There were a suspicious number of athletic-looking young men in the courtroom on March 17, suggesting that Russian ‘titushki’ or hired thugs had been brought in to either simply fill up the courtroom, so that others can’t attend, or to also send a clear message of intimidation. 

An hour before the hearing on March 24, Tomak reported that some young guys had turned up.  They claimed to be from the migration service though only one could provide ID and accused the Ukrainians of infringing Russia’s laws for being in the country.  None of this was true, especially since the relatives have been summoned as defence witnesses.  It is ominous that they knew where to come since the Ukrainians were staying in a rented flat, not a hotel.  The aim was fairly obviously to stop them giving testimony.  They backed off after the Ukrainian consul arrived.

The ploy seems clearly to drive all observers away and refuse to include vital testimony, just as Memorial’s analysis of the historically inaccurate facts, and evidence that the men were never in Chechnya. 

The calculation is that the media will become bogged down in recounting complicated charges regarding events from 20 years ago, merely adding that the men deny them. 

Like many criminal trials.  However, this imitation of a trial is quite different.  The story can, and should, be put very briefly.

The men can prove they were not in Chechnya and are therefore innocent. 

Memorial HRC has analysed the indictment and found that the men ‘confessed’ to heinous crimes which never happened.  The prosecution has not charged them with the entirely fictitious events, but has retained the confessions so that these can be read out and have a negative impact on the jury.

Memorial has also demonstrated that a large number of the soldiers who were killed in fighting did not die in the area where the two Ukrainians are supposed to have been, nor from gunfire as the prosecution claims. 

The two men also claimed that they committed these terrible ‘crimes’ together with Ukraine’s Prime Minister Arseny Yatsenyuk and a number of other Ukrainian politicians.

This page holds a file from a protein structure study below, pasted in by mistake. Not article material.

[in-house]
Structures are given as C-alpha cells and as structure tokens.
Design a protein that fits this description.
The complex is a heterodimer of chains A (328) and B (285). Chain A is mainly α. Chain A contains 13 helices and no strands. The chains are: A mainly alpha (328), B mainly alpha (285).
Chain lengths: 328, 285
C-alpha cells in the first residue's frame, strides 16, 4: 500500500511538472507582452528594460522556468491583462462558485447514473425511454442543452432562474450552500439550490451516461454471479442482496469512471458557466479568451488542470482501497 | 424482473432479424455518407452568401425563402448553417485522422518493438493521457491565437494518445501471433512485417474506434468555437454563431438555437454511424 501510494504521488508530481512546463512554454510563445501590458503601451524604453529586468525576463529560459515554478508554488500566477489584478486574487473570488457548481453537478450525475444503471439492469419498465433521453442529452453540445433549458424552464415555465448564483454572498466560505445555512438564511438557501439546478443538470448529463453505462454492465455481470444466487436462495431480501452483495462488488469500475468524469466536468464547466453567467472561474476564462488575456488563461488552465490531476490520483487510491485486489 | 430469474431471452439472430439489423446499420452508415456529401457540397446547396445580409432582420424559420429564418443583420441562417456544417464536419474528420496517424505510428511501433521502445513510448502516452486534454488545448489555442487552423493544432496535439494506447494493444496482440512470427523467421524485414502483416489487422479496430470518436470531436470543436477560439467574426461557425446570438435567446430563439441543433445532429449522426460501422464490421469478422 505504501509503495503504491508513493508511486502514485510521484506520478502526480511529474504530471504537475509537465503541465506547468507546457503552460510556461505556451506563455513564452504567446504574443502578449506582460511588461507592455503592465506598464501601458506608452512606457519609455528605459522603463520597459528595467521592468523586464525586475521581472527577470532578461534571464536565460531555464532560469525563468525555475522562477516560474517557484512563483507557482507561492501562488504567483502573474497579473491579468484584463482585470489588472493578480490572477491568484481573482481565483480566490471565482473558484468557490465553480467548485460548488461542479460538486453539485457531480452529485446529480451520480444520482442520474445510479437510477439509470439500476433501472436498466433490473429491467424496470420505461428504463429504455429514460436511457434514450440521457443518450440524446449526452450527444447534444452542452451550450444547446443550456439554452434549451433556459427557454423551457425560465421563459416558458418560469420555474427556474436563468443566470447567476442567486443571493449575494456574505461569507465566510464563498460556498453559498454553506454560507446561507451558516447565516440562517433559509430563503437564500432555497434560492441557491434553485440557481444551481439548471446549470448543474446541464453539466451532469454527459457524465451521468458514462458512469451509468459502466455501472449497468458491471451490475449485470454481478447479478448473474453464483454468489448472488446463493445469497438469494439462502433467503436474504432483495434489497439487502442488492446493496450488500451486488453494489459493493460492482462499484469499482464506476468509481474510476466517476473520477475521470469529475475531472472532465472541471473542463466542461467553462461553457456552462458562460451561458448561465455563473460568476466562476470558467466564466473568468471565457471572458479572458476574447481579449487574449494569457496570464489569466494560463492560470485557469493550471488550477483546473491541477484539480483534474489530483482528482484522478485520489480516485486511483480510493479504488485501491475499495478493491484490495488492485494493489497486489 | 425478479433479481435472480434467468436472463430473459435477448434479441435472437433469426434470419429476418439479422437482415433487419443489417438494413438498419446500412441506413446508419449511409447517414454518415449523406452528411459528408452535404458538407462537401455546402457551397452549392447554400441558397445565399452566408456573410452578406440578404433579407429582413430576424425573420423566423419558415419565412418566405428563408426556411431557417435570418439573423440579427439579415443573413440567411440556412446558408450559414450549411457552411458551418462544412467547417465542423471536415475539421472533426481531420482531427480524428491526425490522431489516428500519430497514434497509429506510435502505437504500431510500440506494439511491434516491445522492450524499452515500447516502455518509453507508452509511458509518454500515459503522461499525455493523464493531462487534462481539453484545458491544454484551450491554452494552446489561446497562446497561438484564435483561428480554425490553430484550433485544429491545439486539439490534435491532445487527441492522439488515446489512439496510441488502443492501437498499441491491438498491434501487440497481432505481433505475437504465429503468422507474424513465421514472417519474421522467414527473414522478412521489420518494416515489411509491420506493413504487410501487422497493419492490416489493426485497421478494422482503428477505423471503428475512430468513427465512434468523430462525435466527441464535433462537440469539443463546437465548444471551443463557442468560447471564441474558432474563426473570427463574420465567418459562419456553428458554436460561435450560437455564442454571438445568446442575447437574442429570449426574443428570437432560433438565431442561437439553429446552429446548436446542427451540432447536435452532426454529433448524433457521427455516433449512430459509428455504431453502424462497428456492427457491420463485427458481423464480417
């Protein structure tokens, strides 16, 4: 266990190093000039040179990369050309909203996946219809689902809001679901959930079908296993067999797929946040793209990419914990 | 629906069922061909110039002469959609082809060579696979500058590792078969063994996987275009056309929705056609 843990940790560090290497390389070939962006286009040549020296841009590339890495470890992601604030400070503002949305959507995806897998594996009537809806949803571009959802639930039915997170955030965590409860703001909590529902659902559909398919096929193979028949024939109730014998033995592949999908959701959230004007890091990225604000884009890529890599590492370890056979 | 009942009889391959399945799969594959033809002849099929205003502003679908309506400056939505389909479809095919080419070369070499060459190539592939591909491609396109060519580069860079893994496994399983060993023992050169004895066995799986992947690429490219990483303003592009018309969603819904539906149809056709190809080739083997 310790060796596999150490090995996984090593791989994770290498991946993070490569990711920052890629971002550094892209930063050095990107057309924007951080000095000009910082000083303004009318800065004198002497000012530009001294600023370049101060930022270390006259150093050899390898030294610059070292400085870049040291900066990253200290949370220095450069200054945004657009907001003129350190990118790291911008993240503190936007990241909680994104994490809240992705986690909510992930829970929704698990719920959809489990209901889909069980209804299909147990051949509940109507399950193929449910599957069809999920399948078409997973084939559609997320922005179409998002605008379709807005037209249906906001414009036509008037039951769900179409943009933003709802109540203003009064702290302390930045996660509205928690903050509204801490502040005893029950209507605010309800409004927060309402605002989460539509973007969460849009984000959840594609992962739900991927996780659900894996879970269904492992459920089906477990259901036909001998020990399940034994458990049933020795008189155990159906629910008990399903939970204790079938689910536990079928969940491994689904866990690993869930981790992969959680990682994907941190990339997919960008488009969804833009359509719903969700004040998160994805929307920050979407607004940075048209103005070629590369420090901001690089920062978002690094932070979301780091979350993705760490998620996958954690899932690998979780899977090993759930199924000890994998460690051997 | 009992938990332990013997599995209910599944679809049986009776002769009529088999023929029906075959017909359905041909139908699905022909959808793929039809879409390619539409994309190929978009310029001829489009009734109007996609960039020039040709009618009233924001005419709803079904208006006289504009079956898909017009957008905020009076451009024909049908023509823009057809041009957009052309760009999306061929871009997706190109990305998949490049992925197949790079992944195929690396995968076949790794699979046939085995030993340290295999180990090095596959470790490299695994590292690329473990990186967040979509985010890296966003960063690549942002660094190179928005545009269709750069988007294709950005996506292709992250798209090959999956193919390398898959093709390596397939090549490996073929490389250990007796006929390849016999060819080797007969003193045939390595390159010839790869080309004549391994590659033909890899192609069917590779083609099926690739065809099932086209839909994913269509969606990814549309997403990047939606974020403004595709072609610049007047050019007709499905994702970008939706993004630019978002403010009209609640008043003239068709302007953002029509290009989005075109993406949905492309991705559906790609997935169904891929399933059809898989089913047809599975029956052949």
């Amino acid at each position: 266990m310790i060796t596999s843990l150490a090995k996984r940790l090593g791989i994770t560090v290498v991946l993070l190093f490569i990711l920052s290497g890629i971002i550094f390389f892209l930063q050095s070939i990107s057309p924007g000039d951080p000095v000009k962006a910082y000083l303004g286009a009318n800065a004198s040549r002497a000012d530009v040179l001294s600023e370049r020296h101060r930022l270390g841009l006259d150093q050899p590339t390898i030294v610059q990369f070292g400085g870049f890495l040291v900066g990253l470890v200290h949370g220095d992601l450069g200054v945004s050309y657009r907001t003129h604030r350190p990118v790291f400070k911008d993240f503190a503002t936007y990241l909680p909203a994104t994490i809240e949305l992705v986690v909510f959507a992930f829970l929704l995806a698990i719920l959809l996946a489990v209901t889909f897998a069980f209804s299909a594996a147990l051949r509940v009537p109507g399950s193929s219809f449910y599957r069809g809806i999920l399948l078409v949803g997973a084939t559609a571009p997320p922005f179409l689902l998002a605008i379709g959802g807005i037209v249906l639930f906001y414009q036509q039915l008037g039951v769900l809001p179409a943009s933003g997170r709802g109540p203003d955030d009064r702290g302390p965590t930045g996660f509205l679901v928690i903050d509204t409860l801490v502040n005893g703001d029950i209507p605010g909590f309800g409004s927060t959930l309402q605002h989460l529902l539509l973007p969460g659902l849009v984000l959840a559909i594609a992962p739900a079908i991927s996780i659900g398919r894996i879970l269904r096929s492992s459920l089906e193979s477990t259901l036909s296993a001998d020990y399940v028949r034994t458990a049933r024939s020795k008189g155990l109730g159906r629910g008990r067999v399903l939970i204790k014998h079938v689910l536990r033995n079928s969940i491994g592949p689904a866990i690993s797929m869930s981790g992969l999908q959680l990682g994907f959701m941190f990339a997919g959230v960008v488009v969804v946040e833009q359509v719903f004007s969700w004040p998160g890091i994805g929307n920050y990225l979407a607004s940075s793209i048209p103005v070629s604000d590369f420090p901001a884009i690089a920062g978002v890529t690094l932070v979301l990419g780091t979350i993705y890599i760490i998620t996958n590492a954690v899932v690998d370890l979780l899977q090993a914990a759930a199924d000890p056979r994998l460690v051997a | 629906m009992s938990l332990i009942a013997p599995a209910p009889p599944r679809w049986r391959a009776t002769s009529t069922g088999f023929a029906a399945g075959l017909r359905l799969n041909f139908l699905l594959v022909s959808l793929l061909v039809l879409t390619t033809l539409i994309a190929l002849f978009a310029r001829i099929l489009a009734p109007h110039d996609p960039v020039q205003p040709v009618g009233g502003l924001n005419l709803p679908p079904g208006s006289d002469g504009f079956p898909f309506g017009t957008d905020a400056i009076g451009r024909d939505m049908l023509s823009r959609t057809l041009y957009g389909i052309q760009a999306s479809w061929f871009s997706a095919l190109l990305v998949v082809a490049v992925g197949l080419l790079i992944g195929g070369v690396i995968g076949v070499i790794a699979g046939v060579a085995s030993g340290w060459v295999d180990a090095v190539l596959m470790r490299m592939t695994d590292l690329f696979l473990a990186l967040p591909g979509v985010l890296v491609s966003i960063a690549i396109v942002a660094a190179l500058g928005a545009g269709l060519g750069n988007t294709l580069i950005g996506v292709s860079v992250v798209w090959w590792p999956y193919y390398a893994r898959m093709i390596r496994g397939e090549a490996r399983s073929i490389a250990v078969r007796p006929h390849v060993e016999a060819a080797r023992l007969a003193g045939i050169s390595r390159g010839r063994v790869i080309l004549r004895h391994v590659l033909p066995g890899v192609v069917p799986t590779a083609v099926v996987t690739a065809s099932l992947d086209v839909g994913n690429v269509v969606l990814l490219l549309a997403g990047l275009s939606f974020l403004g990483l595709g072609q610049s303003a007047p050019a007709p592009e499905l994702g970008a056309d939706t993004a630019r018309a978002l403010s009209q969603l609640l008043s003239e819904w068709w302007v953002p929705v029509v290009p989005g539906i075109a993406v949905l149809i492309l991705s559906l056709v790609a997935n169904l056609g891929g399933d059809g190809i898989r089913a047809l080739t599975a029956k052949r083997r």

All of this is fine for Russian propaganda media, but has no place in a court of law.  This, sadly, is why every vestige of a proper trial is being removed. 

There is considerable detail in the texts below about this case, which has prompted Memorial to declare both men political prisoners.  

Tortured for the Wrong Confessions: Russia’s ‘Ukrainian Nationalist’ Charges Demolished

Memorial exposes Russia’s cynical con in trial of ‘Ukrainian nationalists’

Russia’s ’Ukrainian Nationalist’ Show Trial: No Bodies, No Proof, but Good ’Confessions’

Please write to the men - even a single sentence or two will send an important message both to them, and to the Russian authorities, that they are not forgotten.

The addresses:  Mykola Karpyuk (in Russian Nikolai)

364037, г. Грозный, Ленинский р-он, ул. Кунта-Хаджи Кишиева, 2.  Следственный изолятор №1, Карпюку, Николаю (1964)

Stanislav Klykh

364037, г. Грозный, Ленинский р-он, ул. Кунта-Хаджи Кишиева, 2. Следственный изолятор №1,   Клыху, Станиславу (1974)

Or send your letters to post.rozuznik[at], a civic initiative helping to get mail to Russian-held political prisoners  They will deal with writing the envelope and sending it on. . 

If you are unable to write in Russian, the following would be quite sufficient:

Желаем здоровья, мужества и терпения, надеемся на скорое освобождение.

(we wish you good health, courage and patience and hope that you will soon be released).